Coronavirus: UND Today roundup

Even remotely, UND community comes together in teaching, research and service

Twamley Hall

UND archival image.

We are in this together.

As the COVID-19 pandemic grows and Grand Forks has seen its first cases, Interim President Dr. Joshua Wynne and Incoming President Andy Armacost sent a joint message to the University community, emphasizing that the campus will face this challenge together, and continue to operate as One UND.

“Our top priority is to take care of our UND community,” the presidents’ message said. “This begins with looking out for each other, giving you timely information, and helping to set expectations during this time of uncertainty. Most important is your safety and health. We will face this challenge together — we are one.”

President Wynne was also one of three physicians – along with Grand Forks Mayor Dr. Michael Brown and Grand Forks Public Health Officer Dr. Joel Walz – to write a joint editorial in today’s Grand Forks Herald, where they encourage the Greater Grand Forks community to continue physical distancing and to take care of both physical and mental health.

“While you must practice physical distancing, it is important to keep up your mental wellbeing, social connections, and physical health,” they wrote. “Our community and region have been through tough times together before. We are in this together. We will get through this together. And if we do the right thing, put the health of the community first, we will emerge from this stronger as individuals, stronger as families, and stronger as a community.”

Continuing UND’s mission

As the University community practices physical distancing, and remote study and work, UND continues its mission of teaching, research and service, and is working to keep everyone as informed as possible. The coronavirus updates blog is a one-stop shop for the latest information. Readers can also subscribe and be notified when new posts appear.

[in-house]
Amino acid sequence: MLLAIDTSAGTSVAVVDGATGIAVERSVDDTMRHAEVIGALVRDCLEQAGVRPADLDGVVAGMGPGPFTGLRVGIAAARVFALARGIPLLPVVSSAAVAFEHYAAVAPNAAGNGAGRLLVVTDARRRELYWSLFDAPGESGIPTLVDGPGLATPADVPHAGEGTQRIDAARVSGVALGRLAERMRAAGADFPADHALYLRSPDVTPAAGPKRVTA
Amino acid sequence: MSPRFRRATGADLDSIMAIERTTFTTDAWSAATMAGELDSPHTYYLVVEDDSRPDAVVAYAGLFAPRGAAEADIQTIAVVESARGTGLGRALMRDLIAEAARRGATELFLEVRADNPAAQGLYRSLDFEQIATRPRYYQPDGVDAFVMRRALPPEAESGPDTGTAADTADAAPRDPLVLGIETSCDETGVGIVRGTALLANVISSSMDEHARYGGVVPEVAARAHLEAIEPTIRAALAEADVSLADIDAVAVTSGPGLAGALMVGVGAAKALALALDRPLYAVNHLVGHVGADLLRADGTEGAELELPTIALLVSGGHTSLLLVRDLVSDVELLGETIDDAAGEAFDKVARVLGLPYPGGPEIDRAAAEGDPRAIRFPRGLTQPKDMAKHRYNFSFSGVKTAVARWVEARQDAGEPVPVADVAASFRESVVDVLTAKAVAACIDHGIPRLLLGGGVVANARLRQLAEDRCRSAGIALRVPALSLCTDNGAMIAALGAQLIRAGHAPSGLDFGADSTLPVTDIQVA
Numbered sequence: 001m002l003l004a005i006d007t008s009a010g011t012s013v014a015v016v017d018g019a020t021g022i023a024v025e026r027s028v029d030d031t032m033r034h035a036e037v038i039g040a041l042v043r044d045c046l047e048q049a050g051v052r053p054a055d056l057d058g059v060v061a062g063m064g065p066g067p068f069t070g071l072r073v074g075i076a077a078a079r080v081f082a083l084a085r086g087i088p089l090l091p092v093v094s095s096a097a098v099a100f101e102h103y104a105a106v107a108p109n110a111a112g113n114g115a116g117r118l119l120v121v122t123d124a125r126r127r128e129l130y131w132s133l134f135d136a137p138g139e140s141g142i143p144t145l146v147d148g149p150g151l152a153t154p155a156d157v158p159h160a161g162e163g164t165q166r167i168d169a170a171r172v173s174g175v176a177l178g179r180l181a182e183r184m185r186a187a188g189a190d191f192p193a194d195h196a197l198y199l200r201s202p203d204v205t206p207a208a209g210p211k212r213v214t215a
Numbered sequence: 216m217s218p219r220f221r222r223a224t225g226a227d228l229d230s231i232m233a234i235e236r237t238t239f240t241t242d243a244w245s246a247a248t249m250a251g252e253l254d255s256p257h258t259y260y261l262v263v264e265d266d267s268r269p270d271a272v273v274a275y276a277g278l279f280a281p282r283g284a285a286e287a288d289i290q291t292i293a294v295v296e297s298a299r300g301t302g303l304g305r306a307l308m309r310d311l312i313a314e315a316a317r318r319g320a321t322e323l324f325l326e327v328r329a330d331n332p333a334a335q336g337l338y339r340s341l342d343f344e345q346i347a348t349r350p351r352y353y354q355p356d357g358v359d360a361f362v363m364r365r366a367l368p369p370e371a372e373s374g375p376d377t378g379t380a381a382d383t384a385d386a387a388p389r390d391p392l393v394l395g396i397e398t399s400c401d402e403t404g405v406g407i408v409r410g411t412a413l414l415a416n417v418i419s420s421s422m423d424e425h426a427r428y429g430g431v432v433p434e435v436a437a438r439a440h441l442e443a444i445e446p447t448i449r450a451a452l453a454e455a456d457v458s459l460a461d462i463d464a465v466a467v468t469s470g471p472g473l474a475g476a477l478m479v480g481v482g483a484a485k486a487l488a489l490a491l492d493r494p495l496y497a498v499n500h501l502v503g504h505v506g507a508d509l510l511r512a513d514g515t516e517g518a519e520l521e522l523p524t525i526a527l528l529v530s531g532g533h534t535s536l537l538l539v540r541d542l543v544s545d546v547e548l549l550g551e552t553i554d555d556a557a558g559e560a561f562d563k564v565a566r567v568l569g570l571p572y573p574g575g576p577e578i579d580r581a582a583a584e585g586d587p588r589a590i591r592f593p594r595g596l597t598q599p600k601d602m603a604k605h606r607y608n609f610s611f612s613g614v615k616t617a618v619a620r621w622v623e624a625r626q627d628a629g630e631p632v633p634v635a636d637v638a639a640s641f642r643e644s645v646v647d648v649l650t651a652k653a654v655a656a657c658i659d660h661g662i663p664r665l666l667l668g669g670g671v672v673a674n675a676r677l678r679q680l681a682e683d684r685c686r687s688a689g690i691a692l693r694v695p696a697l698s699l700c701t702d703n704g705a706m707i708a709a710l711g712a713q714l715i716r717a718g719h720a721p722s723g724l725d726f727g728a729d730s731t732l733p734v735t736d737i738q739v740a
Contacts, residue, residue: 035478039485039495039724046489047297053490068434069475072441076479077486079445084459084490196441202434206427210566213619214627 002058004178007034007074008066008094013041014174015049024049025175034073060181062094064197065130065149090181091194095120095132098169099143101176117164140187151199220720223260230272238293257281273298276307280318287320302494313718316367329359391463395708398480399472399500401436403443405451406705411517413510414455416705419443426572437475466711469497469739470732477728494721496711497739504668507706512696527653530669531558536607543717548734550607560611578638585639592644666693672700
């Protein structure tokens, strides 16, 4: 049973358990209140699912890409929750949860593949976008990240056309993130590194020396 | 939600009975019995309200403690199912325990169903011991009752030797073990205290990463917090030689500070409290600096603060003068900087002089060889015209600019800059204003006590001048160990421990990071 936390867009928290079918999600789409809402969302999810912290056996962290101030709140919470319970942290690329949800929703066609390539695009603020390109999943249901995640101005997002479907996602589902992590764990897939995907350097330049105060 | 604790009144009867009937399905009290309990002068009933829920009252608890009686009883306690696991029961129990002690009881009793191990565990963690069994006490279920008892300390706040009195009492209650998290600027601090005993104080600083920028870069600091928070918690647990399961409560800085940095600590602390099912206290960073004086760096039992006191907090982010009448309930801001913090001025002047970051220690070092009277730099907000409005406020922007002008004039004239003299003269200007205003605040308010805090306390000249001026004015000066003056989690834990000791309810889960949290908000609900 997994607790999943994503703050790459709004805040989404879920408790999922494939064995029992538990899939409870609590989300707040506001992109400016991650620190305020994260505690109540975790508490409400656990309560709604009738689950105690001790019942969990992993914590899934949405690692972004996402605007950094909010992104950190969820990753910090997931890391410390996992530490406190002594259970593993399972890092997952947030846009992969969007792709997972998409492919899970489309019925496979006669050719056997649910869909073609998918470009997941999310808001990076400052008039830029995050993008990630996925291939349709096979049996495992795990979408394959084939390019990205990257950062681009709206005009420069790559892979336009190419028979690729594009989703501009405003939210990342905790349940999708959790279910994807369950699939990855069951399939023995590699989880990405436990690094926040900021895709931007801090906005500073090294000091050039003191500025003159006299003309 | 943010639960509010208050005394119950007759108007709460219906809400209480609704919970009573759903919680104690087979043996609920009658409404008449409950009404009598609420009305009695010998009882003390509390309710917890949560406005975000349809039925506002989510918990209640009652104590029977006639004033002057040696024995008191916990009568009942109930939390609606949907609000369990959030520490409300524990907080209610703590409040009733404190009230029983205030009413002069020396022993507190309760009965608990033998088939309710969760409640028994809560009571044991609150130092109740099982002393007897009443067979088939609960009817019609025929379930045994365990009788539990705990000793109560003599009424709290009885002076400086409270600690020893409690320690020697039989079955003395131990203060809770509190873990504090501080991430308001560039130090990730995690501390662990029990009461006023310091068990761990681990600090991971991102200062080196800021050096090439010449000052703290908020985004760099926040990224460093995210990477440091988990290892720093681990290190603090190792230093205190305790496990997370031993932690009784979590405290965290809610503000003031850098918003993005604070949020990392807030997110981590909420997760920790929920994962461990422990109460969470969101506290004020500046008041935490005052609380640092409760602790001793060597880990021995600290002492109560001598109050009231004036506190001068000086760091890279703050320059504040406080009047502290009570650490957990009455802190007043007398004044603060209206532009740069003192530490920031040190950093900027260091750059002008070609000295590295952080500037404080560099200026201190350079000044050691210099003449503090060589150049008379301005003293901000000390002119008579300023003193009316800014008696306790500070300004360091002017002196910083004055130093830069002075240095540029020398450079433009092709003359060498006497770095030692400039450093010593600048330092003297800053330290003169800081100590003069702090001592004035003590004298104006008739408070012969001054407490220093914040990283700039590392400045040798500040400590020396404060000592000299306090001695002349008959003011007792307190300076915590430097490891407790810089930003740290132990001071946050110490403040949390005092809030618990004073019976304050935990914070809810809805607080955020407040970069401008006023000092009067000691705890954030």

Two forums were held last week, one for students, and another for faculty and staff last week to answer questions via Zoom.

Students will complete the semester remotely, and faculty and staff will work remotely until further notice. UND’s priority is to help students successfully complete the semester and their coursework, and the University has made a variety of support options available to assist students, faculty and staff. This includes BlackBoard training, technology assistance and academic help.

Flight training has been suspended. “As Interim President of the University of North Dakota, a practicing physician and certified pilot, I cannot, in good conscience, allow flight training to resume at this time, while promoting the safety and wellbeing of our students and campus community,” said President Wynne.

On Tuesday, it was announced that, in addition to the cancellation of spring commencement, summer commencement has also been canceled. Summer Session will be conducted entirely online.

Undergraduate students will also have the option to request a “Satisfactory” or “Unsatisfactory” grade from faculty rather than a letter grade.

Students who are studying remotely and are no longer on campus have requested refunds of room and board, and will receive a 30 percent credit. UND apartment dwellers may also receive a credit. Student parking will also be refunded upon request.

The work continues

The pandemic has also affected research and travel. Travelers returning from certain states are required by the State of North Dakota to quarantine for 14 days. Travel was earlier suspended by the University, and Minnesota Governor Walz issued a “shelter-in-place” directive for Minnesotans. For UND, this means that all faculty and staff who live in Minnesota must work remotely if they are able. Essential personnel will continue to report to work.

Even though the campus is empty, faculty continue to work, often in new ways.

The College of Education & Human Development created a resource for parents who are suddenly home-schooling their children. The “Top 10” guide contains advice on creating learning environments for children around daily activities, such as laundry or cooking dinner, along with useful tips on helping children learn.

UND microbiologist Nadeem Khan, who researches influenza at the School of Medicine & Health Sciences, is studying the similarities and differences between COVID-19 and the seasonal flu. Those links could eventually help find a solution to the coronavirus, but it will take time.

And UND counselors and Wellness Center staff offered advice on how to survive social distancing and stay fit, healthy and resilient. Their top advice: create new routines, clear mental clutter, and focus on the present. They even provided “social distance bingo” and a chair exercise routine.